Carol Leifer on the LAM

Carol Leifer came out at 40, got Bat Mitzvahed at 45, and adopted a son at 50. Now she has a new book that explains why the hard-to-pigeonhole comic is just along for the ride.



Carol Leifer is hard to pigeonhole. That's strange when you consider the former Seinfeld writer is a 52-year-old lesbian Jewish stand-up comedian from Long Island. That should be pretty easy to peg. But Leifer likes to mix it up. She's amassed an impressive résumé producing or writing for The Larry Sanders Show , Saturday Night Live, and The Ellen Show (post-coming out). She's headlined her own HBO specials, appeared on The Tonight Show (with both Johnny Carson and Jay Leno), Late Night With David Letterman , and Politically Incorrect with Bill Maher, and in March released her first book, When You Lie About Your Age, the Terrorists Win . Oh, and she used to be straight -- married to a man, dated Paul Reiser and Jerry Seinfeld, straight. Here, Leifer talks about the evolution to gay, being a lesbian mom, and why getting older isn't such a bad thing. So you turn 40, and like a co-ed in college, suddenly have the desire for a lesbian fling. I'm suspicious. Carol Leifer: It wasn't just a desire, it was urgent. And I think in retrospect, maybe it was my sexuality saying, "We need to go in a different direction. That needs to happen…now." But I did go into it thinking this would be a fun fling and a great story and brief. The last thing I expected was to fall in love with this person [partner Lori Wolf] and be sitting here almost 13 years later and have a child together.

Lori initially said that she didn't want to be your midlife sex-ed experiment. When do you think she knew that you weren't going back to the other side?It took a while before we knew this was something that was going to stick. It was really big adjustments on both sides, because I had to reconcile myself now as a gay person. I didn't expect this experience to redefine me and have this profound impact on my life. So I had to adjust to that and Lori had to adjust to that too. I give Lori a lot of credit for hanging in there with me. Getting involved with a woman who has never had a relationship with a woman before is a really risky, scary thing.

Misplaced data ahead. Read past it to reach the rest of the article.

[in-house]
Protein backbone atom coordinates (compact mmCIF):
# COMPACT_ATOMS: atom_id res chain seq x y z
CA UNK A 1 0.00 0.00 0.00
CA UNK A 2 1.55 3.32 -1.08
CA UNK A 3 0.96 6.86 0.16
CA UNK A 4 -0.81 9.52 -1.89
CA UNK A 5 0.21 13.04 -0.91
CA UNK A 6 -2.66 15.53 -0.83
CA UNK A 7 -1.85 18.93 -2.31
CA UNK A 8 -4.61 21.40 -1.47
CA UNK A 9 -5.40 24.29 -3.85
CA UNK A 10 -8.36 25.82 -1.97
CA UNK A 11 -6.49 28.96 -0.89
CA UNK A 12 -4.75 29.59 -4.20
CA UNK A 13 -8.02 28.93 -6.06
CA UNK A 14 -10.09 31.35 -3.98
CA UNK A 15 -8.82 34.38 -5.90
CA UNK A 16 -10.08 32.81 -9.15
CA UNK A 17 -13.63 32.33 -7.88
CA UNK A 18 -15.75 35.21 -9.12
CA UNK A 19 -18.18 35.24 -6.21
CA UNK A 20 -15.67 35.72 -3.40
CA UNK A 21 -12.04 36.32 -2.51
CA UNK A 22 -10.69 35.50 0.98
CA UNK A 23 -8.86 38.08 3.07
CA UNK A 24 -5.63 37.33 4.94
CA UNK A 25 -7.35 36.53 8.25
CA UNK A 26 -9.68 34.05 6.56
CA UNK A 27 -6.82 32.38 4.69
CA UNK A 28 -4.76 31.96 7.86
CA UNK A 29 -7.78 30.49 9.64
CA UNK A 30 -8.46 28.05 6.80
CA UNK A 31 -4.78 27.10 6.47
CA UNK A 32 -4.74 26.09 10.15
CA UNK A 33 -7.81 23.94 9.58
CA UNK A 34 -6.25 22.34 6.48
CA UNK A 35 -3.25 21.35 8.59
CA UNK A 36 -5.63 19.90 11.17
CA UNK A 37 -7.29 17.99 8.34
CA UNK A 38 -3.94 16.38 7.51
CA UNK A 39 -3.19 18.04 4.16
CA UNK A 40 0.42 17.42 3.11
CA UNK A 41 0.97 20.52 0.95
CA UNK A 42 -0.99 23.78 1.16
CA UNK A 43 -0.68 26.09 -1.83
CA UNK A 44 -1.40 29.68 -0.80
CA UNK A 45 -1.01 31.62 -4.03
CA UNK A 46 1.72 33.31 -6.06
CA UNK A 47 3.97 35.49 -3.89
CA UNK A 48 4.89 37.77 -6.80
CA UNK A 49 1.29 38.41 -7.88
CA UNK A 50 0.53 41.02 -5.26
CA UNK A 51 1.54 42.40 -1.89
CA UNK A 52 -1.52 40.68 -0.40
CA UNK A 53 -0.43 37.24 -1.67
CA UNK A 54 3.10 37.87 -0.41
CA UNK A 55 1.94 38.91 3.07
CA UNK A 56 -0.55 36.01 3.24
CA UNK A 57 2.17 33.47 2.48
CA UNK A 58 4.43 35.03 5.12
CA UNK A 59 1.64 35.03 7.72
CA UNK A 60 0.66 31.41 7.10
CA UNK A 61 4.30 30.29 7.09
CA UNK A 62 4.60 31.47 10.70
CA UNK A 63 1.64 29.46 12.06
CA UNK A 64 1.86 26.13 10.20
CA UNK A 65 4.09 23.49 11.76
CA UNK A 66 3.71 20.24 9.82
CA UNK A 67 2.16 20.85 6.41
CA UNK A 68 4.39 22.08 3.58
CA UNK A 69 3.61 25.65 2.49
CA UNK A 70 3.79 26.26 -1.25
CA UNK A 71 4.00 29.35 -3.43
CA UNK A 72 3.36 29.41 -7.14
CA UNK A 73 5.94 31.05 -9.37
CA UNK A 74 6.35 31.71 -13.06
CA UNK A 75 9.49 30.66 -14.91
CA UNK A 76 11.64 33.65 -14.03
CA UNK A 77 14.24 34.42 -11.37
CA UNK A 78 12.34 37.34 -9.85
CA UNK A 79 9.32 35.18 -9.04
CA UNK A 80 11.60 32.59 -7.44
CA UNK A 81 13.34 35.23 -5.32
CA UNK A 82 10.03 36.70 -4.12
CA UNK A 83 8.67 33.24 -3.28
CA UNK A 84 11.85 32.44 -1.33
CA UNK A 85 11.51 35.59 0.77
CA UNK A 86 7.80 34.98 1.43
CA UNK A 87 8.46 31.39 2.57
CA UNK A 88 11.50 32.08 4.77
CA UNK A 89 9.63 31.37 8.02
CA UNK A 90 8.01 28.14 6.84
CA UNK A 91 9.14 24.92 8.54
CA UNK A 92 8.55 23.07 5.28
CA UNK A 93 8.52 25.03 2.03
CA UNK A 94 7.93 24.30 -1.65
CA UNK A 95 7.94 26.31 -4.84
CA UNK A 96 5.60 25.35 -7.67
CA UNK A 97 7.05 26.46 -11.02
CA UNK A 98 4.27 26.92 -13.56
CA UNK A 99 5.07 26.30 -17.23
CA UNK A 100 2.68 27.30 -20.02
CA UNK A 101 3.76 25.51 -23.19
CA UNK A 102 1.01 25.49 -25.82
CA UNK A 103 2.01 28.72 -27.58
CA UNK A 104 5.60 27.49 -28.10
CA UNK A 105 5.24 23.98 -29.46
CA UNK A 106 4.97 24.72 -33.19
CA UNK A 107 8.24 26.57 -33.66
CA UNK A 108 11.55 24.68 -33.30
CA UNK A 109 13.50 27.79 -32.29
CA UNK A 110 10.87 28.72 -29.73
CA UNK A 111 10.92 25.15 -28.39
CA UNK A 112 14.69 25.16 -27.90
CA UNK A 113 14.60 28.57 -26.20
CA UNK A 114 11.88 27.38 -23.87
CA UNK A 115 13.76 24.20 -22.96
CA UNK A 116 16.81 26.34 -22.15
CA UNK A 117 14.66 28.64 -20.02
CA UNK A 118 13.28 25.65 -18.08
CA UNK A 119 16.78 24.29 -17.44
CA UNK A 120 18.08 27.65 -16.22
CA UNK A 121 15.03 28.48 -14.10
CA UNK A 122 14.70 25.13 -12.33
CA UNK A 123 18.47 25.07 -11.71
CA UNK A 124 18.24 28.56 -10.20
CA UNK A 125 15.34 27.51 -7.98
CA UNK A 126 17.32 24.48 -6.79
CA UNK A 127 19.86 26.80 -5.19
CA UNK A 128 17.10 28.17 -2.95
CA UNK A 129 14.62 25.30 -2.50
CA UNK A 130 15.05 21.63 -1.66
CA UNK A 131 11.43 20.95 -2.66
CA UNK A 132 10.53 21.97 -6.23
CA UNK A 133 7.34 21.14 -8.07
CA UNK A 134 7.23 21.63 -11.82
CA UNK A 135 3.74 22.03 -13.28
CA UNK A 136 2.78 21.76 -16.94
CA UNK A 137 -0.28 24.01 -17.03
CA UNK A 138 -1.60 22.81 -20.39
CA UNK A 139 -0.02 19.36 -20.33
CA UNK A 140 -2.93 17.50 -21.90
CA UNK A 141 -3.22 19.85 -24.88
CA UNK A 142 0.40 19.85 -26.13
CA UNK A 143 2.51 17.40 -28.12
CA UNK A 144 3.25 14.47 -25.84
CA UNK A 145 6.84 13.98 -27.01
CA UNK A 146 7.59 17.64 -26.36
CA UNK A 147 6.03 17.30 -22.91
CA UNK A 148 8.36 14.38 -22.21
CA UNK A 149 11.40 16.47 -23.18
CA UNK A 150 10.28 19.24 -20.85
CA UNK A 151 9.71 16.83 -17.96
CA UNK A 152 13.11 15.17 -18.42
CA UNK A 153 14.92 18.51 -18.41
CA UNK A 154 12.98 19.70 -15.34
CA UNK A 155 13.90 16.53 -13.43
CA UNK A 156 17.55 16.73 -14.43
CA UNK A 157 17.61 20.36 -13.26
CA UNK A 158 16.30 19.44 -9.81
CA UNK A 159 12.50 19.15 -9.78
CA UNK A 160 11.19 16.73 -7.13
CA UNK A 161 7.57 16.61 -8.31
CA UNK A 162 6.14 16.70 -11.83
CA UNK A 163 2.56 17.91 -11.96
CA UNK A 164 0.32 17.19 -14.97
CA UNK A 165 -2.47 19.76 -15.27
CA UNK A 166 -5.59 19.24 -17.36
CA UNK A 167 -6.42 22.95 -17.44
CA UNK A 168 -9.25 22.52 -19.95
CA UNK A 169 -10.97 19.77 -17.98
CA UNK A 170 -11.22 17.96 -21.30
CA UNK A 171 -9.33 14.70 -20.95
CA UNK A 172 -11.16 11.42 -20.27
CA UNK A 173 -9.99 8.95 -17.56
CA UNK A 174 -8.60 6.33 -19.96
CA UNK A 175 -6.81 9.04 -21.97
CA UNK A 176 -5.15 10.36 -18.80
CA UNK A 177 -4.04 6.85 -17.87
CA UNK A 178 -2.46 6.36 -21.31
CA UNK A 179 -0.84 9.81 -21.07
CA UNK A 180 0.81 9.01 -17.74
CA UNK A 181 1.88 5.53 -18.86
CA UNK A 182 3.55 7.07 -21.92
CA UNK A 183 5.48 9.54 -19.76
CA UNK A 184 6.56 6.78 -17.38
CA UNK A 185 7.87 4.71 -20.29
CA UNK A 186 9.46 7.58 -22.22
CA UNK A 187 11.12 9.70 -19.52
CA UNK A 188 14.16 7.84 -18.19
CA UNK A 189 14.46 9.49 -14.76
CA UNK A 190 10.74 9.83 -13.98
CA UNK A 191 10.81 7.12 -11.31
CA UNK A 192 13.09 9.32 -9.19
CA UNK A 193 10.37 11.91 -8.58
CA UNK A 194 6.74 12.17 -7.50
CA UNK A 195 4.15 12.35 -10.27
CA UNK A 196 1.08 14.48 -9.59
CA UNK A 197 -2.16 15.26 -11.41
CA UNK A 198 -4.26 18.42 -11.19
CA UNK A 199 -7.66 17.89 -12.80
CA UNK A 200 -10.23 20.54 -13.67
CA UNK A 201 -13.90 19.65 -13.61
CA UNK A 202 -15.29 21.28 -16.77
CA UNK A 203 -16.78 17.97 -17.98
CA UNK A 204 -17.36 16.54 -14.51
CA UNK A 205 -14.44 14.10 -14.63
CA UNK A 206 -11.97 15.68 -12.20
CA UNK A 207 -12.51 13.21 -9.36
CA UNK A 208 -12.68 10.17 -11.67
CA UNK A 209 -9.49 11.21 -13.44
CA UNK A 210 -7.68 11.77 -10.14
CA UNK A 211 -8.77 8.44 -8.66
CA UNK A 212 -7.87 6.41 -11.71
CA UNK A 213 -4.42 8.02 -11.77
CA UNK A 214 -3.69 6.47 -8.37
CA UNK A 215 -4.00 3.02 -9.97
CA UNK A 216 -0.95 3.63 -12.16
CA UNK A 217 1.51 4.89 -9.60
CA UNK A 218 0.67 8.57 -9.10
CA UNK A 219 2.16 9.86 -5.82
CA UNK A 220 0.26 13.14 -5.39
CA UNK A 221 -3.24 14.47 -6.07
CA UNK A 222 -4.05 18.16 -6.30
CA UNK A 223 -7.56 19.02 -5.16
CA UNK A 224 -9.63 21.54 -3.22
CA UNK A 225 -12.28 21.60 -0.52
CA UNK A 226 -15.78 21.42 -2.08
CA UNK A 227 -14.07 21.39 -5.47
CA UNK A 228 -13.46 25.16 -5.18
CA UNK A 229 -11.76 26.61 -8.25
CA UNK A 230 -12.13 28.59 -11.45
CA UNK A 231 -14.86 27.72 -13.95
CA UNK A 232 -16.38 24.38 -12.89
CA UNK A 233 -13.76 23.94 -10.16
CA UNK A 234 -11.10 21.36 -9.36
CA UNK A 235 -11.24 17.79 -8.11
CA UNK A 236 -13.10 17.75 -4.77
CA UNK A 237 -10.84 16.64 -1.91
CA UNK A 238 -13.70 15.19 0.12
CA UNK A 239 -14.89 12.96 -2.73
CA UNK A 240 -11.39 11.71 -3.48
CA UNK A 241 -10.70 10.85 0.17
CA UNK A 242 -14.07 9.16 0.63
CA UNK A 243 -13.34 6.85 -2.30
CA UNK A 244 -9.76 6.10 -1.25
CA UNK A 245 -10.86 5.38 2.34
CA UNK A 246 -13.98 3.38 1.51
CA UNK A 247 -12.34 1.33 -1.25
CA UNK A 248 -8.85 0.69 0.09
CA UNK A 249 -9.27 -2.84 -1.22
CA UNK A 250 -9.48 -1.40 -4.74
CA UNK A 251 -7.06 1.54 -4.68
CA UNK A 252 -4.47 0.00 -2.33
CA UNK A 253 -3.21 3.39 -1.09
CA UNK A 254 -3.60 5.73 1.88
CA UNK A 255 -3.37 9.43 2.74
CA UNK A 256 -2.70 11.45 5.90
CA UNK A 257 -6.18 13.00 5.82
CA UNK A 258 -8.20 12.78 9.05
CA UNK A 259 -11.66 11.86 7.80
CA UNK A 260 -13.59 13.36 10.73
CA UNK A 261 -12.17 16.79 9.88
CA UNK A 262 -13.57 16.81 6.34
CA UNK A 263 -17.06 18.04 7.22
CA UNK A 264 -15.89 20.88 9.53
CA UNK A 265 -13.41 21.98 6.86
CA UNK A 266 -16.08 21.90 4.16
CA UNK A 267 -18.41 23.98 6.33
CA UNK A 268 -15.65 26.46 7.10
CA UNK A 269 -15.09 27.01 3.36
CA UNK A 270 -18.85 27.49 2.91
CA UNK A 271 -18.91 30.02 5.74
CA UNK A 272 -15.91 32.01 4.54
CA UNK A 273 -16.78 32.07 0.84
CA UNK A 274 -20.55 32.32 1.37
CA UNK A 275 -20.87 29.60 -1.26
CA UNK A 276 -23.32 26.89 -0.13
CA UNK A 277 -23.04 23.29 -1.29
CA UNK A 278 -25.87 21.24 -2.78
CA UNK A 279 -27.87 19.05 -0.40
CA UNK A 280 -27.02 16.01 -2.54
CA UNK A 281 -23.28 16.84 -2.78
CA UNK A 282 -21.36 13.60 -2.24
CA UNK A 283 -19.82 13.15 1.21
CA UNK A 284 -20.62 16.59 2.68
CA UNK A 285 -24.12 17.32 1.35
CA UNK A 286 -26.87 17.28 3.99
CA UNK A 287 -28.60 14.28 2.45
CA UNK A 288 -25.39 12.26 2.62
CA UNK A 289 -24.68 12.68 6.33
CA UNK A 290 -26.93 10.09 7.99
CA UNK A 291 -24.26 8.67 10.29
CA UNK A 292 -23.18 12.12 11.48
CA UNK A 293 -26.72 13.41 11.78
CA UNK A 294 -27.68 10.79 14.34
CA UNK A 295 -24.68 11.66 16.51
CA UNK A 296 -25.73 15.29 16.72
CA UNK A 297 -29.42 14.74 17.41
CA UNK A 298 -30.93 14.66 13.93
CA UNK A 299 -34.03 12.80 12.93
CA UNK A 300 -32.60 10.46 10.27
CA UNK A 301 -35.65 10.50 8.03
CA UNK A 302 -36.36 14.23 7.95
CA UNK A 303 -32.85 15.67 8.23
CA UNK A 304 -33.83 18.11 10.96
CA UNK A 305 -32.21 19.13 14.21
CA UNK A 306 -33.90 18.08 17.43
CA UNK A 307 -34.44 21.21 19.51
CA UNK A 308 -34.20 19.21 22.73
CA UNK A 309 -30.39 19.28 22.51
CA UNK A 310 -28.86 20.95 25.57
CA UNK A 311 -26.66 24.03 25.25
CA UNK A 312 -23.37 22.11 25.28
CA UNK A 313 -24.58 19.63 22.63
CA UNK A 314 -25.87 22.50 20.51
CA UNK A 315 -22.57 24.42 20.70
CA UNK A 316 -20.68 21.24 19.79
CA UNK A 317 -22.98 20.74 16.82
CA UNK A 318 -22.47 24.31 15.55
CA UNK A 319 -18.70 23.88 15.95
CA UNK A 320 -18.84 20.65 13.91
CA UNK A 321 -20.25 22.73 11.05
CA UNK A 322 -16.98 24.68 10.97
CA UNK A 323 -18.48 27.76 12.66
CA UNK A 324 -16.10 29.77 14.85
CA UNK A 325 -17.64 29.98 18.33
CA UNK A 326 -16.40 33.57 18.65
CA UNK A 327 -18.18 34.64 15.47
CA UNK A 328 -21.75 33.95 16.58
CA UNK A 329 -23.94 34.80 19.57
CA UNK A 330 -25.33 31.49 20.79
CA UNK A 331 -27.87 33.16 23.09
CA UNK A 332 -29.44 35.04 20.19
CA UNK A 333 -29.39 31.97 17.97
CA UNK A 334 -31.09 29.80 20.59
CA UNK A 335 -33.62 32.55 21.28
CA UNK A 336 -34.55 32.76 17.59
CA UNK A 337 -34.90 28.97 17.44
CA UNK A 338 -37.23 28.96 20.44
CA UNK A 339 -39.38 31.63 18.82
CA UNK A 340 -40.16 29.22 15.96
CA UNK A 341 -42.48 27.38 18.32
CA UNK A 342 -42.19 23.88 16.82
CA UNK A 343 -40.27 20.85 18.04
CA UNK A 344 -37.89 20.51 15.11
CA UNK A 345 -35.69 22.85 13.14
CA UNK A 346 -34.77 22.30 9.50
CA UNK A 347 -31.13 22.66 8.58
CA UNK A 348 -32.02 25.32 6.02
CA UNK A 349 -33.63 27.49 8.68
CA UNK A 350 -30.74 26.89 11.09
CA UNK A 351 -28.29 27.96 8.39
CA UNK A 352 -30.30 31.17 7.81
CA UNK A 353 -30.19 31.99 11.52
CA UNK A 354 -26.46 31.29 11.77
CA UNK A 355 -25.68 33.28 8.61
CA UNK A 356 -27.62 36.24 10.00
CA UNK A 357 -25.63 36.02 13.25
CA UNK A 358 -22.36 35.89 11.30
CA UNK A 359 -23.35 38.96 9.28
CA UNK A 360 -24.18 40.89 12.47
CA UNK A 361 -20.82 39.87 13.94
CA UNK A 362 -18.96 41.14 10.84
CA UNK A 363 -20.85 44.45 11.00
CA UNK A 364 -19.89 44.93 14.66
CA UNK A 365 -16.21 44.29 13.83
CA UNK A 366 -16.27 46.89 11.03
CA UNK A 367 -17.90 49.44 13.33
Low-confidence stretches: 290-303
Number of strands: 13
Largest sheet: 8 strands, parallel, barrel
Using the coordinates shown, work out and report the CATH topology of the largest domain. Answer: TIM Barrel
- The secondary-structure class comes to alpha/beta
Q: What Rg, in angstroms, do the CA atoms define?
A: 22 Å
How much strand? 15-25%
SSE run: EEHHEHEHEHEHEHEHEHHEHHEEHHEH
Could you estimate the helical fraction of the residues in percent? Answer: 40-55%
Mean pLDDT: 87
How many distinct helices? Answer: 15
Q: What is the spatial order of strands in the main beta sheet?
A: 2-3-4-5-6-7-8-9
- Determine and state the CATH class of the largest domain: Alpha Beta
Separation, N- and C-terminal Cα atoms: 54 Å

Did you have to reconcile how society was going to see you as a gay person or how you saw yourself?Both. It's very weird going from being in the majority for most of your life to, oh, now I'm part of the minority. Now I can see what it's like to be hated and what it's like not to be equal. I know what it's like to not have someone hate you purely because you are in love with someone of the same sex. I think I have that much more empathy and passion for the cause now. I've been on the other side, which is like, Hey, you want to get married? Let's run to Vegas, it'll take three seconds and nobody cares. And then there was coming out to my parents.

Tags: Books